Commentaries on the Jurisdiction, Practice, and Peculiar Jurisprudence of the Courts of the United States: Vol. 1, Containing a View of the Judicial Power, and the Jurisdiction and Practice of the Supreme Court of the United States, Volum 1
T. & J.W. Johnson, 1854 - 635 sider
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Commentaries on the Jurisdiction, Practice, and Peculiar ..., Volum 1
George Ticknor Curtis
Uten tilgangsbegrensning - 1854
Commentaries on the Jurisdiction, Practice, and Peculiar Jurisprudence of ...
George Ticknor Curtis
Ingen forhåndsvisning tilgjengelig - 2019
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Side 320 - A corporation is an artificial being, invisible, intangible, and existing only in contemplation of law. Being the mere creature of law, it possesses only those properties which the charter of its creation confers upon it, either expressly, or as incidental to its very existence.
Side 25 - that the laws of the several States, except where the Constitution, treaties, or statutes of the United States shall otherwise require or provide, shall be regarded as rules of decision in trials at common law in the courts of the United States, in cases where they apply.
Side 119 - In all cases affecting ambassadors, other public ministers, and consuls, and those in which a state shall be a party, the supreme court shall have original jurisdiction. In all other cases before mentioned, the supreme court shall have appellate jurisdiction, both as to law and fact, with such exceptions and under such regulations as the Congress shall make.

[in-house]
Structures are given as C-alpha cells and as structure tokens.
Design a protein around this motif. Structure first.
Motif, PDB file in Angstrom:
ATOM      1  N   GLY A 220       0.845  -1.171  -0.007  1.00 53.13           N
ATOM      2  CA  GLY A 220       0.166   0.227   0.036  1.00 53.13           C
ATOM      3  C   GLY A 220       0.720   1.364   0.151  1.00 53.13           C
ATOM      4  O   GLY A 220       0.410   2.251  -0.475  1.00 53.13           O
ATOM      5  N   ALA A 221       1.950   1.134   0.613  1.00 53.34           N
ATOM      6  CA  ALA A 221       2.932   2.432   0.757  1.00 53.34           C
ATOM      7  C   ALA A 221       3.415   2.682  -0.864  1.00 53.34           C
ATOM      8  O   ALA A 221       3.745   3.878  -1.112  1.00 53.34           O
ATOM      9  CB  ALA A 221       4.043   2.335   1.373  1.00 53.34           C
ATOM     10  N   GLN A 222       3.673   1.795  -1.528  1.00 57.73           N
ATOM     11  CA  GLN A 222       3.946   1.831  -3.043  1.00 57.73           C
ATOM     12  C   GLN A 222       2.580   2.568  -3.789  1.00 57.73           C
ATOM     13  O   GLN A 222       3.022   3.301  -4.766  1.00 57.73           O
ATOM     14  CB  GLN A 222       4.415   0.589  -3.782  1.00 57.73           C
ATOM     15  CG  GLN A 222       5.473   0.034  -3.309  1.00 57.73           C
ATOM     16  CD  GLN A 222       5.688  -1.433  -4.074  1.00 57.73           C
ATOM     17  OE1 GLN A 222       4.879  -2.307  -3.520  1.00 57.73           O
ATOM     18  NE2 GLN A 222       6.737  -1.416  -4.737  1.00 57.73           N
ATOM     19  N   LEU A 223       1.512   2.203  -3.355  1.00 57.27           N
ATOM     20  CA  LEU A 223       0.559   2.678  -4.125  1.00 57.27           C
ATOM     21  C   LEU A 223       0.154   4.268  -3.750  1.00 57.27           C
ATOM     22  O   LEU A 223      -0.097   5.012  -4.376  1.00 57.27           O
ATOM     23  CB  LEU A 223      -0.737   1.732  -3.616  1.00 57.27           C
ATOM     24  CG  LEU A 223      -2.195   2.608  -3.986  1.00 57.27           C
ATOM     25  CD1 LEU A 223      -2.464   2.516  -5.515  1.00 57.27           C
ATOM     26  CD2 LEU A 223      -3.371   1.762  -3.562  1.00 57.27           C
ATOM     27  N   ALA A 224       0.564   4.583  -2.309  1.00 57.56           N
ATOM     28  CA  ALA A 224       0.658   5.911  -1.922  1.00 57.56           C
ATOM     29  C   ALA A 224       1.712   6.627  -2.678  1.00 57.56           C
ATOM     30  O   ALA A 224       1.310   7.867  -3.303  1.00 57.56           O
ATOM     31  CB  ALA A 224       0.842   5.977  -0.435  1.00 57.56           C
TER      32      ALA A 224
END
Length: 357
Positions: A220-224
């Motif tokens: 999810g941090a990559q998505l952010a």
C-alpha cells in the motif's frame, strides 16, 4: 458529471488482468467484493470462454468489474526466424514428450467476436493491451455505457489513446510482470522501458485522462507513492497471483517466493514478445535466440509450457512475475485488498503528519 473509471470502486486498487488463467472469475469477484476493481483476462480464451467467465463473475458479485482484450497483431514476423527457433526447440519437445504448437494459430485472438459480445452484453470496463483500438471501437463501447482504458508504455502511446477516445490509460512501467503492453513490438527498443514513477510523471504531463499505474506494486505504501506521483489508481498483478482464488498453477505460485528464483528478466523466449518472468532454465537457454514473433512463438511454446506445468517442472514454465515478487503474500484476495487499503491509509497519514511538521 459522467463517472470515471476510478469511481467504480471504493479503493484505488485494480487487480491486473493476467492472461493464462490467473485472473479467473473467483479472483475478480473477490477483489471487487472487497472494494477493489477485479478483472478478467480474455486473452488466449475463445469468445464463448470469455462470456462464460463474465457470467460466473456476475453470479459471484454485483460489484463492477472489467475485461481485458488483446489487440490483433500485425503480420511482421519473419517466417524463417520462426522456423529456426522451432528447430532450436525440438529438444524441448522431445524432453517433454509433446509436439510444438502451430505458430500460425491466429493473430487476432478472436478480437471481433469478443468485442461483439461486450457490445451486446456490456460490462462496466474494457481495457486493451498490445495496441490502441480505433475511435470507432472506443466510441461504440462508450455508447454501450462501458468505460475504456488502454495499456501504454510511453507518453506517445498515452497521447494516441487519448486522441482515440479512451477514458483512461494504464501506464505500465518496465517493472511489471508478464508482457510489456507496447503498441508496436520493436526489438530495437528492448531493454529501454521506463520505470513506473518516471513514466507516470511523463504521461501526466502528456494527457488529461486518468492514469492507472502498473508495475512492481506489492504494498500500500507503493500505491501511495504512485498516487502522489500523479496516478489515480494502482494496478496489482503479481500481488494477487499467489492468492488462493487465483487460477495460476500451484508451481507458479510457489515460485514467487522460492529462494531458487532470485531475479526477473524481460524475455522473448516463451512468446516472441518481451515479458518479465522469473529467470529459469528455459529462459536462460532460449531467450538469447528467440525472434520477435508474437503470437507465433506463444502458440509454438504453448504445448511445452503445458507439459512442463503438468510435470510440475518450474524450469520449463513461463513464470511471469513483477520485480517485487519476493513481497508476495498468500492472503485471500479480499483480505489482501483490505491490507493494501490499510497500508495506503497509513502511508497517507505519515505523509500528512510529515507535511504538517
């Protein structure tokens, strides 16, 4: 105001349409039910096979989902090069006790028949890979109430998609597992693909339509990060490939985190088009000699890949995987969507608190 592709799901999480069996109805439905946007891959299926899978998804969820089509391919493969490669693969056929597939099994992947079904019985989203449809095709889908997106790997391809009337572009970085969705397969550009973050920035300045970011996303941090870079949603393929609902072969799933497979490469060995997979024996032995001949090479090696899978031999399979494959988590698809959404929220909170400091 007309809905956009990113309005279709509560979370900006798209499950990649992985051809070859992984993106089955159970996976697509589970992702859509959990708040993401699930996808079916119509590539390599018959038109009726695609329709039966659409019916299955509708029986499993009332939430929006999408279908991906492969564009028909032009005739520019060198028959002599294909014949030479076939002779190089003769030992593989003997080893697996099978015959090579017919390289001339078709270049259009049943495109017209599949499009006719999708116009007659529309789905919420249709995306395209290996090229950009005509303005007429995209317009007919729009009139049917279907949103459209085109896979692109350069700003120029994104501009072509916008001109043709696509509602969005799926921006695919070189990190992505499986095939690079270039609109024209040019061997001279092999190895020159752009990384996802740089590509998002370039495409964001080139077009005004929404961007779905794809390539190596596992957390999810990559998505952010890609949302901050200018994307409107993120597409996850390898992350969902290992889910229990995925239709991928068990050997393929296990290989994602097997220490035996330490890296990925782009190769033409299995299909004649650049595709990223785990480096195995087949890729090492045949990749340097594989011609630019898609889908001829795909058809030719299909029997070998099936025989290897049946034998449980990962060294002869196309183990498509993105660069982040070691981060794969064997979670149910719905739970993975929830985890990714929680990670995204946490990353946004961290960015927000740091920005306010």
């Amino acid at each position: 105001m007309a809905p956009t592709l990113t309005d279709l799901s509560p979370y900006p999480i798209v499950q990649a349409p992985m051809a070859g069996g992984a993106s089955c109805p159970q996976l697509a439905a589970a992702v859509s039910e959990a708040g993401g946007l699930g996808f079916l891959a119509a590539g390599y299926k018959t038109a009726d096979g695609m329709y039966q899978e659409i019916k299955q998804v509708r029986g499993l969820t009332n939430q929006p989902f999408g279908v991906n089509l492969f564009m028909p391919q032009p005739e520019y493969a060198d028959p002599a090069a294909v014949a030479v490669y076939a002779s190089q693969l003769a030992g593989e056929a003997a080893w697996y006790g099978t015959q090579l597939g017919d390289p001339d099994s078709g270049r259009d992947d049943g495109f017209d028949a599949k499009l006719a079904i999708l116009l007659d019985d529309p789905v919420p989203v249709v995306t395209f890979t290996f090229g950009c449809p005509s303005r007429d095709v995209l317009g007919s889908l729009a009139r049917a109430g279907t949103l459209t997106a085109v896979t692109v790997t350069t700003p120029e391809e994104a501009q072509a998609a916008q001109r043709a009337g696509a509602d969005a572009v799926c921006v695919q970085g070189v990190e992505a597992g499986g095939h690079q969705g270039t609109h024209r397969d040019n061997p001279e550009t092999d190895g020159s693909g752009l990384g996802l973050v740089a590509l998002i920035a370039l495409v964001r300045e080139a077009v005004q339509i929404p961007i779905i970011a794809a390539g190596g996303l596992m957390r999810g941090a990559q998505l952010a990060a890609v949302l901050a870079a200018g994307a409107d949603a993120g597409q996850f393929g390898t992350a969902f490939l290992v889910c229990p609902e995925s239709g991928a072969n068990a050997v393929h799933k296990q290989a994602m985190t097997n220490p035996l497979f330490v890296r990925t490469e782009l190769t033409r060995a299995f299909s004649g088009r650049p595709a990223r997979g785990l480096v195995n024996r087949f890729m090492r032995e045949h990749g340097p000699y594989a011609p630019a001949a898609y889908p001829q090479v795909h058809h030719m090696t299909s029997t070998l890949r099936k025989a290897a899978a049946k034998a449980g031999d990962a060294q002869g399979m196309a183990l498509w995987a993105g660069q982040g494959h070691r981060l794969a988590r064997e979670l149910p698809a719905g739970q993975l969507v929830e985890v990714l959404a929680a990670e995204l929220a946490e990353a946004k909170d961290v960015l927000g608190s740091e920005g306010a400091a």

Side 320 - It is chiefly for the purpose of clothing bodies of men in succession with these qualities and capacities that corporations were invented and are in use. By these means, a perpetual succession of individuals are capable of acting for the promotion of the particular object, like one immortal being.
Side 479 - The inhabitants of the ceded territory shall be incorporated in the Union of the United States and admitted as soon as possible according to the principles of the federal Constitution to the enjoyment of all the rights, advantages and immunities of citizens of the United States, and in the mean time they shall be maintained and protected in the free enjoyment of their liberty, property and the Religion which they profess.
Side 385 - States, and the decision is in favor of such their validity, or where is drawn in question the construction of any clause of the Constitution, or of a treaty or statute of, or commission held under the United States, and the decision is against the title, right, privilege, or exemption specially set up or claimed by either party, under such clause of the said Constitution, treaty, statute, or commission...
Side 207 - They may, more correctly, perhaps, be denominated domestic dependent nations. They occupy a territory to which we assert a title independent of their will, which must take effect in point of possession when their right of possession ceases. Meanwhile, they are in a state of pupilage ; their relation to the United States resembles that of a ward to his guardian.
Side 375 - No person demeaning himself in a peaceable and orderly manner, shall ever be molested on account of his mode of worship or religious sentiments, in the said territory.
Side 201 - That the Supreme Court shall have exclusive jurisdiction of all controversies of a civil nature, where a state is a party, except between a state and its citizens; and except also between a state and citizens of other states, or aliens, in which latter case it shall have original but not exclusive jurisdiction.
Side 310 - A contract executed, as well as one which is executory, contains obligations binding on the parties. A grant, in its own nature, amounts to an extinguishment of the right of the grantor, and implies a contract not to reassert that right. A party is, therefore, always estopped by his own grant.